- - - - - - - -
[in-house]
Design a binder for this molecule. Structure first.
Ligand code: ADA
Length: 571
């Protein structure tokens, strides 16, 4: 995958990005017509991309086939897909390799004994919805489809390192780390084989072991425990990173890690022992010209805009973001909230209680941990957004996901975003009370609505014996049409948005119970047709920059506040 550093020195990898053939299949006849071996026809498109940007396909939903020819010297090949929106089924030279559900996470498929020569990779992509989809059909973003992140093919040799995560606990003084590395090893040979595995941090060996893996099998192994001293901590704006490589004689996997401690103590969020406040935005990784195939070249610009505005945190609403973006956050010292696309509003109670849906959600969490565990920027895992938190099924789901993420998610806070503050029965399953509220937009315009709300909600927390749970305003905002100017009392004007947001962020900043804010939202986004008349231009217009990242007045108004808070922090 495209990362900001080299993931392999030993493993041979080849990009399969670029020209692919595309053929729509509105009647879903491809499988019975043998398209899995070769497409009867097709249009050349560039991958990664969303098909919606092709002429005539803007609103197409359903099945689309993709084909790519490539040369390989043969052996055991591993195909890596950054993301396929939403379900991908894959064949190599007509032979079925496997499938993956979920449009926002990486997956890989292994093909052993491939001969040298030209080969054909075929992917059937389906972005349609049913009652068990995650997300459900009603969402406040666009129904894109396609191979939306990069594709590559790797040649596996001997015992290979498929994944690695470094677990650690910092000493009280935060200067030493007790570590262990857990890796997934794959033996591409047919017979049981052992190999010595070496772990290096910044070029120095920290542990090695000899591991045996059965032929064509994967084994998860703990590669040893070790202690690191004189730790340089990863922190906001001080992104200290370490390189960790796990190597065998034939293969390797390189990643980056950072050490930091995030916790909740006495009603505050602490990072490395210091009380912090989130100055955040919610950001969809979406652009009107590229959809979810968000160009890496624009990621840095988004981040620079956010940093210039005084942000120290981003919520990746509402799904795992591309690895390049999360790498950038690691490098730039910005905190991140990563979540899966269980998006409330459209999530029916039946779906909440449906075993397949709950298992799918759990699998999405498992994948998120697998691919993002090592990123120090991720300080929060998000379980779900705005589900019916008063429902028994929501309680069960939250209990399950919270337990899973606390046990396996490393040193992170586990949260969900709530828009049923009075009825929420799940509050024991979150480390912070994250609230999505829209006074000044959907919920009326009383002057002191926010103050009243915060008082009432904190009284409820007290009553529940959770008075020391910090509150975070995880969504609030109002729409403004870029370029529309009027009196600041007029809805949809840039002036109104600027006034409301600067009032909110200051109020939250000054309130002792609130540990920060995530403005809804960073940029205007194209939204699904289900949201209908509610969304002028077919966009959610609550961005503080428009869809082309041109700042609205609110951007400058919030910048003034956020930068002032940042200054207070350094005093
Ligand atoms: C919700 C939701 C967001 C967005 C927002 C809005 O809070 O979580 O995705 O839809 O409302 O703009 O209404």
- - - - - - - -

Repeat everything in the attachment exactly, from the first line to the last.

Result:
[in-house]
Design a binder for this molecule. Structure first.
Ligand code: ADA
Length: 571
């Protein structure tokens, strides 16, 4: 995958990005017509991309086939897909390799004994919805489809390192780390084989072991425990990173890690022992010209805009973001909230209680941990957004996901975003009370609505014996049409948005119970047709920059506040 550093020195990898053939299949006849071996026809498109940007396909939903020819010297090949929106089924030279559900996470498929020569990779992509989809059909973003992140093919040799995560606990003084590395090893040979595995941090060996893996099998192994001293901590704006490589004689996997401690103590969020406040935005990784195939070249610009505005945190609403973006956050010292696309509003109670849906959600969490565990920027895992938190099924789901993420998610806070503050029965399953509220937009315009709300909600927390749970305003905002100017009392004007947001962020900043804010939202986004008349231009217009990242007045108004808070922090 495209990362900001080299993931392999030993493993041979080849990009399969670029020209692919595309053929729509509105009647879903491809499988019975043998398209899995070769497409009867097709249009050349560039991958990664969303098909919606092709002429005539803007609103197409359903099945689309993709084909790519490539040369390989043969052996055991591993195909890596950054993301396929939403379900991908894959064949190599007509032979079925496997499938993956979920449009926002990486997956890989292994093909052993491939001969040298030209080969054909075929992917059937389906972005349609049913009652068990995650997300459900009603969402406040666009129904894109396609191979939306990069594709590559790797040649596996001997015992290979498929994944690695470094677990650690910092000493009280935060200067030493007790570590262990857990890796997934794959033996591409047919017979049981052992190999010595070496772990290096910044070029120095920290542990090695000899591991045996059965032929064509994967084994998860703990590669040893070790202690690191004189730790340089990863922190906001001080992104200290370490390189960790796990190597065998034939293969390797390189990643980056950072050490930091995030916790909740006495009603505050602490990072490395210091009380912090989130100055955040919610950001969809979406652009009107590229959809979810968000160009890496624009990621840095988004981040620079956010940093210039005084942000120290981003919520990746509402799904795992591309690895390049999360790498950038690691490098730039910005905190991140990563979540899966269980998006409330459209999530029916039946779906909440449906075993397949709950298992799918759990699998999405498992994948998120697998691919993002090592990123120090991720300080929060998000379980779900705005589900019916008063429902028994929501309680069960939250209990399950919270337990899973606390046990396996490393040193992170586990949260969900709530828009049923009075009825929420799940509050024991979150480390912070994250609230999505829209006074000044959907919920009326009383002057002191926010103050009243915060008082009432904190009284409820007290009553529940959770008075020391910090509150975070995880969504609030109002729409403004870029370029529309009027009196600041007029809805949809840039002036109104600027006034409301600067009032909110200051109020939250000054309130002792609130540990920060995530403005809804960073940029205007194209939204699904289900949201209908509610969304002028077919966009959610609550961005503080428009869809082309041109700042609205609110951007400058919030910048003034956020930068002032940042200054207070350094005093
Ligand atoms: C919700 C939701 C967001 C967005 C927002 C809005 O809070 O979580 O995705 O839809 O409302 O703009 O209404």